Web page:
Letters have now commenced to arrive from members of the three companies of the East Anglian Royal Engineers who set sail three days after the 1/5th Bedfordshires embarked. The E.A.R.E.s left the docks on the Thursday before the August Bank Holiday [August 2nd, 1915], and with the 1/2nd and 2/1st Field Companies, there were also on board the Signal Company and the North Irish Horse.
One member of the 2/1st Field Company, writing from "somewhere at sea," says: "When we entered the ------ the weather and sea were lovely, but now it is just the opposite. We do not know where we are landing yet.
"It is about the roughest living I have encountered so far. One has to be very careful in getting into one's hammock or it's a case of getting a nasty bump. Today high seas are running and it is pouring with rain. We are getting nearer land as the birds have started to follow us."
Later on he says: "We passed ----- during Monday, and only saw the lights. We have had grand weather up to now, and the sailors say we have been very lucky in that line."
At the end of the letter is recorded the fact that the boat was then in harbour for about 24 hours and was then leaving for another four or five days voyage.
Watching for submarines is one of the duties that has fallen to the lot of Sapper A. P. Brown, 1393, No. 3 Section, 1/2nd Field Coy, E.A.R.E., while on board ship. He is the son of Mr and Mrs A. Brown, of 43 Park Street West, Luton, and two letters, both severely blue pencilled, were received from him last week.
In the first, written on July 31st, he says: "We have had a decent trip so far. The bay was quite smooth for a wonder and I wasn't sick, for which I am duly grateful. I am one of a party detailed to watch for submarines - a nice job isn't it? I expect we shall be in GIB ON Sunday night or thereabouts."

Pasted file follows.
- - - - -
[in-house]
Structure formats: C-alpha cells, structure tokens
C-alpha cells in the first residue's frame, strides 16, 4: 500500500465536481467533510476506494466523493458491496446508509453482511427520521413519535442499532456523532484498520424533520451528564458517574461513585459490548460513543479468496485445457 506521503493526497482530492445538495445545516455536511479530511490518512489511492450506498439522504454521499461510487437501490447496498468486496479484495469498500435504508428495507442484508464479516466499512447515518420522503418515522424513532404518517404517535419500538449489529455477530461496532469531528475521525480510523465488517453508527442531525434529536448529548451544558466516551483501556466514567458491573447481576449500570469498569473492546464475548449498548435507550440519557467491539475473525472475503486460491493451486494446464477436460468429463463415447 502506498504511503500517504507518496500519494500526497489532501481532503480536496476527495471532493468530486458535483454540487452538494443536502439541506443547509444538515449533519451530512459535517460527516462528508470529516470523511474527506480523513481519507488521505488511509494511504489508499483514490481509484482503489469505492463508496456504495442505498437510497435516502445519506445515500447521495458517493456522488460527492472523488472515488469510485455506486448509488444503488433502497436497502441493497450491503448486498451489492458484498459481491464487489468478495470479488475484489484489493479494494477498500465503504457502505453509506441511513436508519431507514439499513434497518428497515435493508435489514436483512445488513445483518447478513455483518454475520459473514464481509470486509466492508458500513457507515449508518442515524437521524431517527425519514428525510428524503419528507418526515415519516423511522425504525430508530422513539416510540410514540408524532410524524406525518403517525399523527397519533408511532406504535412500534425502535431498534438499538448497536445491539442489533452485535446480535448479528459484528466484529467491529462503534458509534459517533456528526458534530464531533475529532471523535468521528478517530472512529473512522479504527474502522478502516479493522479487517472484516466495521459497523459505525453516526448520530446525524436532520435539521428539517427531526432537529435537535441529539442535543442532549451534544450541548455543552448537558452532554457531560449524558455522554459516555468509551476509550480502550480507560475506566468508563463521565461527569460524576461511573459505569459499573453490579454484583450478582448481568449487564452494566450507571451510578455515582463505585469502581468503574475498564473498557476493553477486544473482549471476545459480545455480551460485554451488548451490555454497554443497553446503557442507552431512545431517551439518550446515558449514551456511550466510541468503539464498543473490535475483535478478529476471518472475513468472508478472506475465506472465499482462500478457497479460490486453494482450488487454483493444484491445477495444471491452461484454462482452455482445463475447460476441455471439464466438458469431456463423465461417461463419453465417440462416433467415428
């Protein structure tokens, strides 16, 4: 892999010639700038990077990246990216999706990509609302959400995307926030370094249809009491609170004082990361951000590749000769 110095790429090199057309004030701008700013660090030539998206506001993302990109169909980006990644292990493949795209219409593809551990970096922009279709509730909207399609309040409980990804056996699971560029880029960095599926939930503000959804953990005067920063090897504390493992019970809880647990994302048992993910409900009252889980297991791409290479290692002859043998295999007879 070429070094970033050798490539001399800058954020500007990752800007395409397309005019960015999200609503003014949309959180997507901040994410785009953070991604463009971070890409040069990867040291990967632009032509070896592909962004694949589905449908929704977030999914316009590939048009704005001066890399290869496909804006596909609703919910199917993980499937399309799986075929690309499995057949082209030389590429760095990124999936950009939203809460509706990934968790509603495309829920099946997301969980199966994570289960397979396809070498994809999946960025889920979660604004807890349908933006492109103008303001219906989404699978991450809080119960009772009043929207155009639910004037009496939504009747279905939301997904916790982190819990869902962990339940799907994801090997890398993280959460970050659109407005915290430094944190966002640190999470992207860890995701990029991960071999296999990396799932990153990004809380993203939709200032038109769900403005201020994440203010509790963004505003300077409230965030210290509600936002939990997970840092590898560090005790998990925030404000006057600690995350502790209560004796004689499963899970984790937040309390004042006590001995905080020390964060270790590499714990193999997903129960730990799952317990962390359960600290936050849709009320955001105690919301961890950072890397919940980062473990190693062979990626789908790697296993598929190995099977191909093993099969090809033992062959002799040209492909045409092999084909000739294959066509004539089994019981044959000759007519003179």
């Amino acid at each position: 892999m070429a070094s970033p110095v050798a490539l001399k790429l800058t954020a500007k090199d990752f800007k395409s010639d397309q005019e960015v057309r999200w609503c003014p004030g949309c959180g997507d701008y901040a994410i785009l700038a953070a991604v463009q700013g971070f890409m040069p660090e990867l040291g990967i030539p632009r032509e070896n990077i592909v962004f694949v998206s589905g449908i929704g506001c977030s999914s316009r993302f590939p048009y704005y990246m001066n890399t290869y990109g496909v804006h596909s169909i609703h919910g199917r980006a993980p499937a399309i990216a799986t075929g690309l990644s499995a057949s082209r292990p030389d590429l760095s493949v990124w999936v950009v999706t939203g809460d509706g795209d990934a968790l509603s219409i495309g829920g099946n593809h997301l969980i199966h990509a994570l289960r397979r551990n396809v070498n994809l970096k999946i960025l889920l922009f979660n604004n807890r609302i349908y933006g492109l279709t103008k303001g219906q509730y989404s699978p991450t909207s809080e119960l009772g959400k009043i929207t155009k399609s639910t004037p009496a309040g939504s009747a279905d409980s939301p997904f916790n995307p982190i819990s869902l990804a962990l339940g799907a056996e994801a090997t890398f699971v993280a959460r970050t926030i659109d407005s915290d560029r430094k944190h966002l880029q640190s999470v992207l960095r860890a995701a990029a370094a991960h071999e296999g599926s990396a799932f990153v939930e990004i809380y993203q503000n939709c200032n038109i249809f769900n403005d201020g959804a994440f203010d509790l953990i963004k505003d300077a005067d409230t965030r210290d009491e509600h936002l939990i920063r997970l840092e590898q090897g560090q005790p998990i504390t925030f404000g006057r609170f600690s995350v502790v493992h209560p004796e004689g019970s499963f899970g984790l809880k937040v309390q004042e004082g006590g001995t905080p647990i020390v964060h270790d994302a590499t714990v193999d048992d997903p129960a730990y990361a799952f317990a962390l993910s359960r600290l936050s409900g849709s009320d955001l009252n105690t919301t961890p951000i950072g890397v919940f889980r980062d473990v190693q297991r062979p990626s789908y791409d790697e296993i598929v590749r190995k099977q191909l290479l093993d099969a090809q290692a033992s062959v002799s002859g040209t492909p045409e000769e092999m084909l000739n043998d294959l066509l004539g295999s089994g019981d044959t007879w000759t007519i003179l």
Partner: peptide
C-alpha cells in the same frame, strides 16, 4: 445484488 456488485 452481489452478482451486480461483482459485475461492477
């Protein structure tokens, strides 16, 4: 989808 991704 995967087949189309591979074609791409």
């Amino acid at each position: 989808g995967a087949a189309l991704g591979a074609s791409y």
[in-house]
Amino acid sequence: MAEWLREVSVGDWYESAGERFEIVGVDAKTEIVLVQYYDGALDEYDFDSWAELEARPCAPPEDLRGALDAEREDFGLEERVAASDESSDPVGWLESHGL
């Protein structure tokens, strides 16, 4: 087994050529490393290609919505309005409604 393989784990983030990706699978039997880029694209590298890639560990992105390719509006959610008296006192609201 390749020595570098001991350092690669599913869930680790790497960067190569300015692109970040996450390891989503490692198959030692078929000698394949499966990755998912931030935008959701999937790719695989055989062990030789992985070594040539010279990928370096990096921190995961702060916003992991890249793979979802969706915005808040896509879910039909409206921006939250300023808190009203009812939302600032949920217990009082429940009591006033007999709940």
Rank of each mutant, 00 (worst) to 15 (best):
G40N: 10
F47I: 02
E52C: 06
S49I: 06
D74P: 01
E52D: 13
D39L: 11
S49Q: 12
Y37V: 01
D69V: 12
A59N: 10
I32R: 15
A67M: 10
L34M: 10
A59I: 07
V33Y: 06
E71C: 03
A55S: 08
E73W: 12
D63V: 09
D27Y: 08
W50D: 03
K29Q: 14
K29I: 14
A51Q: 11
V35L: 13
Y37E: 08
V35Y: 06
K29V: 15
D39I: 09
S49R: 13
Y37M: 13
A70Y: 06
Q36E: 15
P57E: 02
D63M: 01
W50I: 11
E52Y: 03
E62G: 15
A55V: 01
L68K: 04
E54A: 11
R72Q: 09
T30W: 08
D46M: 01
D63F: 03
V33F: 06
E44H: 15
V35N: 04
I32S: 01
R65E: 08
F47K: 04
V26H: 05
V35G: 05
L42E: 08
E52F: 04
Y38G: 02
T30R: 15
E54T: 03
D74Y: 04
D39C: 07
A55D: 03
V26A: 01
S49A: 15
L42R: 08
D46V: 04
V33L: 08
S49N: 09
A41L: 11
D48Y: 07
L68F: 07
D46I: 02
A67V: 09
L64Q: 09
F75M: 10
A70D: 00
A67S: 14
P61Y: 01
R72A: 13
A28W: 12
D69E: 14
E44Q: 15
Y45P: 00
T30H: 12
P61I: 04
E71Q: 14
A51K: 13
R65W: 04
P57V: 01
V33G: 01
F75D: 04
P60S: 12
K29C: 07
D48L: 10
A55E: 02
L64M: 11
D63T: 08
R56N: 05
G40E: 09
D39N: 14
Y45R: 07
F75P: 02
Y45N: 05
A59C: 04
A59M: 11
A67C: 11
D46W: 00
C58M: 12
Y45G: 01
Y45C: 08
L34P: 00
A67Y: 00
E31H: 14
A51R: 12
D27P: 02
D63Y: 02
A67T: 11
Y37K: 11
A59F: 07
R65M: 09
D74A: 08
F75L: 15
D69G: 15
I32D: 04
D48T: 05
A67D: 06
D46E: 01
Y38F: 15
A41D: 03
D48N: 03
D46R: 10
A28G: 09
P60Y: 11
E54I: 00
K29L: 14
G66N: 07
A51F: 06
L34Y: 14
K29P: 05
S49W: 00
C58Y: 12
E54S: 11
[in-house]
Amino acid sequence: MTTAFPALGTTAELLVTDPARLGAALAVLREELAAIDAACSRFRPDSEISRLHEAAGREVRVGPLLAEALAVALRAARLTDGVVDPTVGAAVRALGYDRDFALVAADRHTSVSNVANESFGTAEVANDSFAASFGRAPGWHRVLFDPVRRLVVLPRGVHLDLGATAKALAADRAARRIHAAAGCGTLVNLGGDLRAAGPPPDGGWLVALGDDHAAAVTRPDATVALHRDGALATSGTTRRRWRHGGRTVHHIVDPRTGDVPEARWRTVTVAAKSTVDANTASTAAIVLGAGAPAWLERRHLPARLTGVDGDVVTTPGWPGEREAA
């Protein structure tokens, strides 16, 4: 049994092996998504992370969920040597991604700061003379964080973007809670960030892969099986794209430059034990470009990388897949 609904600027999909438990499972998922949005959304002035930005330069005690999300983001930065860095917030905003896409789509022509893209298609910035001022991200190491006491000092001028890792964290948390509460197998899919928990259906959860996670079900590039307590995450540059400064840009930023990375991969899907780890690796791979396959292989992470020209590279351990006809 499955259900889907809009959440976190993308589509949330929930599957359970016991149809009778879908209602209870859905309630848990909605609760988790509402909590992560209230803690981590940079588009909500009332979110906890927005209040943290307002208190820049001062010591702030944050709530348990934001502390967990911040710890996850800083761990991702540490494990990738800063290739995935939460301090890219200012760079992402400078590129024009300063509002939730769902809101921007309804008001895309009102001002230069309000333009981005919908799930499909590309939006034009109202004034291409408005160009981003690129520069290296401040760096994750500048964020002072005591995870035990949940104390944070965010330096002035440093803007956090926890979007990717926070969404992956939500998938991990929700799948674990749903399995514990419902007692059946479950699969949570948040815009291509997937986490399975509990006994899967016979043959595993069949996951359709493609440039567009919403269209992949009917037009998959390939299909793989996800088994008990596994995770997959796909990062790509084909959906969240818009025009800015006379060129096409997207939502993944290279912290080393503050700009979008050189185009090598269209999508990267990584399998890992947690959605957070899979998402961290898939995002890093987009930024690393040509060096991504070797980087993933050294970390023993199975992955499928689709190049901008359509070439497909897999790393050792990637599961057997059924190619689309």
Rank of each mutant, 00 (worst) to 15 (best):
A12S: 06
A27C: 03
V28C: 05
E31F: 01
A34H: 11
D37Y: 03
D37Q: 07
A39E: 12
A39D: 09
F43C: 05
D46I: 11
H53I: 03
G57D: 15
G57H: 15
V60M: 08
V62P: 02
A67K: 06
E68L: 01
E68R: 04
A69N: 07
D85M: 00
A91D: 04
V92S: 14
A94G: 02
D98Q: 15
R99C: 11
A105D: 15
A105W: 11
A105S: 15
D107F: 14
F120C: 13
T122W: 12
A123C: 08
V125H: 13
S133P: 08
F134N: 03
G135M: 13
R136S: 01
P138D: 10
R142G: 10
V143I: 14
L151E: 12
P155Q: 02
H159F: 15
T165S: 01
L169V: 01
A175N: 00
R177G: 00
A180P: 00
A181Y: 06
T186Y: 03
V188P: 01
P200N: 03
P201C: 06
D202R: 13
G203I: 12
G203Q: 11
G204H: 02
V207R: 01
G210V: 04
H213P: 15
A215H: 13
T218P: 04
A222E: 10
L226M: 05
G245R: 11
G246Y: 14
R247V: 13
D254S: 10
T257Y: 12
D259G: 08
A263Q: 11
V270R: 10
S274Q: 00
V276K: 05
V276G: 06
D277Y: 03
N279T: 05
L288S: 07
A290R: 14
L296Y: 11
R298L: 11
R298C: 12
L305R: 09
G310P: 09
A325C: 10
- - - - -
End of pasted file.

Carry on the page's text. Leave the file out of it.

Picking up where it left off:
Writing again three days later, he says: "We are well in the Mediterranean now, having passed Gibraltar in the night. We did not go straight in, but hung about till dark. It was a lovely sunset with the dark hills of Spain on one side and the mountainous coast of ------- on the other and the blue water and blue sky, with streaks of red across the lower part, which was a pale lemon colour.
"When we got in the Straits at dark a torpedo boat dashed up with her searchlights on us, and after signalling for some time she wished us goodnight and went off. I never saw a boat move so quickly before.
"We passed ------- in the night and also -------, which must be a big place by the lights, Just before we got by the straits I looked through a fellow's glasses and saw a beautiful white castle, and a village further on. Afterwards we passed where Nelson fought."
In a further letter on the 8th, Sapper Brown says: "We arrived in port on Sunday morning. It was a lovely sight - all stone buildings of red, white, pink, green etc, all along the front. When we got in out 'barge' was surrounded by boats of natives, selling different stuff - cigarettes, fruit, silk etc. It is a big place.
"We sailed along the coast for some hours before we got the harbour. We left in the evening for a three days run. I don't know what port we go to, but we shall probably be off the boat tomorrow."
[Luton Reporter: Monday, August 23rd, 1915]